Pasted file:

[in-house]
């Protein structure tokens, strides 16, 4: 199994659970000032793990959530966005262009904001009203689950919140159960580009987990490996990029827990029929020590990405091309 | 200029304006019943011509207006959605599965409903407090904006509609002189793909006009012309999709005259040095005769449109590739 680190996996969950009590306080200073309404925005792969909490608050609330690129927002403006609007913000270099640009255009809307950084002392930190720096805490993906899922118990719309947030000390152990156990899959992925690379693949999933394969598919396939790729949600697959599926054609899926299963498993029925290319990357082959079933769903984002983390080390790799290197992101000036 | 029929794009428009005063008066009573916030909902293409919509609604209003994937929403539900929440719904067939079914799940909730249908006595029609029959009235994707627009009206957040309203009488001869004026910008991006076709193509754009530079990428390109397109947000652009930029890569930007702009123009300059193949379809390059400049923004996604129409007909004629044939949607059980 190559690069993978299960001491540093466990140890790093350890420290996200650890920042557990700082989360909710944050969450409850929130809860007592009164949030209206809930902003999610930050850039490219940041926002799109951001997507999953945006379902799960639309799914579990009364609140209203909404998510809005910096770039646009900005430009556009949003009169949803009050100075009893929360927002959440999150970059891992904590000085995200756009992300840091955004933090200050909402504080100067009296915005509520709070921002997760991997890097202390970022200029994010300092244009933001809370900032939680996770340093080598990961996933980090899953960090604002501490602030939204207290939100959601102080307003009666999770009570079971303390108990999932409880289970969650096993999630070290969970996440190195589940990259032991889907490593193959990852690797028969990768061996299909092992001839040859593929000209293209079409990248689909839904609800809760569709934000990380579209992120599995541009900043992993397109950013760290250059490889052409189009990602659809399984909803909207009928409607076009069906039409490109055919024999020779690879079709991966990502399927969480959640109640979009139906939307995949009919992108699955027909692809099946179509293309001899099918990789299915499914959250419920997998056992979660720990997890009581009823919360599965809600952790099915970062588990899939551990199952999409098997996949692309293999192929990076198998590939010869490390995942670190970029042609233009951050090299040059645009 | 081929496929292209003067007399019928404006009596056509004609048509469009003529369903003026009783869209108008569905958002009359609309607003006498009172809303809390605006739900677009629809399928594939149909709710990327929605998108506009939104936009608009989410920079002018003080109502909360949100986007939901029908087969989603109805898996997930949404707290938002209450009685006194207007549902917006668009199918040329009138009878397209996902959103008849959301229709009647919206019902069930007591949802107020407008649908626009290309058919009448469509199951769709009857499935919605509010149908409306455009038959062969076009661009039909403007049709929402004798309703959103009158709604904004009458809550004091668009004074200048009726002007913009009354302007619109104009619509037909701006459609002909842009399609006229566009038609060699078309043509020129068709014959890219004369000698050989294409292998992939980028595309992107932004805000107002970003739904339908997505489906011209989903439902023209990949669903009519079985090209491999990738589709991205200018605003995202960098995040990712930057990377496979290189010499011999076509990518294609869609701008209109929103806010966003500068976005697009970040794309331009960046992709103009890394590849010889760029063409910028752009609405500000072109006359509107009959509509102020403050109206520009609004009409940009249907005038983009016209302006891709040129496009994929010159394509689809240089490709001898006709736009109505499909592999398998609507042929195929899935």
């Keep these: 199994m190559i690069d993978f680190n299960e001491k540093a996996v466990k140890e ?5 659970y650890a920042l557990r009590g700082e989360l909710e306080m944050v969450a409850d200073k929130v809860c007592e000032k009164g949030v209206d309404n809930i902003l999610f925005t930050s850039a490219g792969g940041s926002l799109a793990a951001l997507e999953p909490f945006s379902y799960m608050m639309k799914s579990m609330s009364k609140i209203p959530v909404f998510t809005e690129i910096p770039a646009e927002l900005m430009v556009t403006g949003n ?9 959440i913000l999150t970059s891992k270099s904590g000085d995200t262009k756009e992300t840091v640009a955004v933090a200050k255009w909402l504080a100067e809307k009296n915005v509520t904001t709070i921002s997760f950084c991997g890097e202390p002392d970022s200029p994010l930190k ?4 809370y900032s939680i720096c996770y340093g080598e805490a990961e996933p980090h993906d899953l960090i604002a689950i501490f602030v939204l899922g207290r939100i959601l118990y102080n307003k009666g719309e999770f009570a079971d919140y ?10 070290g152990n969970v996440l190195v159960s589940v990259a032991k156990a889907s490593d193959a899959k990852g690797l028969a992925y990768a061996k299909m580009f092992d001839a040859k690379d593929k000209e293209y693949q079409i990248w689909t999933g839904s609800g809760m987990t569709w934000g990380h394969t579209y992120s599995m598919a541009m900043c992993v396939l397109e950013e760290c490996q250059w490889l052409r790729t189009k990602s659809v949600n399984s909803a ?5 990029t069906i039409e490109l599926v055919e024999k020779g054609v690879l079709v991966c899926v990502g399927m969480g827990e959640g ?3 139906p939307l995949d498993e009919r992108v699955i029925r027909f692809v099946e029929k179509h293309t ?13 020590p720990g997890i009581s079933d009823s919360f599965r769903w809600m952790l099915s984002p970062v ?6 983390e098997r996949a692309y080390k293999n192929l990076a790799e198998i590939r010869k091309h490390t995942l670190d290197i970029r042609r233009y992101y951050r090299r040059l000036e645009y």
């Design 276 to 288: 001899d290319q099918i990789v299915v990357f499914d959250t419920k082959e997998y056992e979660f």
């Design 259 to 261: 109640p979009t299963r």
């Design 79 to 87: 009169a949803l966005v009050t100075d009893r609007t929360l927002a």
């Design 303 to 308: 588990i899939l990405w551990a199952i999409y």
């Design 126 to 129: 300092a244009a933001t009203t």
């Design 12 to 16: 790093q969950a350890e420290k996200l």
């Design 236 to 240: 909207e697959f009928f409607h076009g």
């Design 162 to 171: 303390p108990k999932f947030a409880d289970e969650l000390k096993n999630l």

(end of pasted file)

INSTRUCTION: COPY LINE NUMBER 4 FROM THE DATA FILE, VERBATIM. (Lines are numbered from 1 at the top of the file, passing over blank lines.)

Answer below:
């Design 276 to 288: 001899d290319q099918i990789v299915v990357f499914d959250t419920k082959e997998y056992e979660f």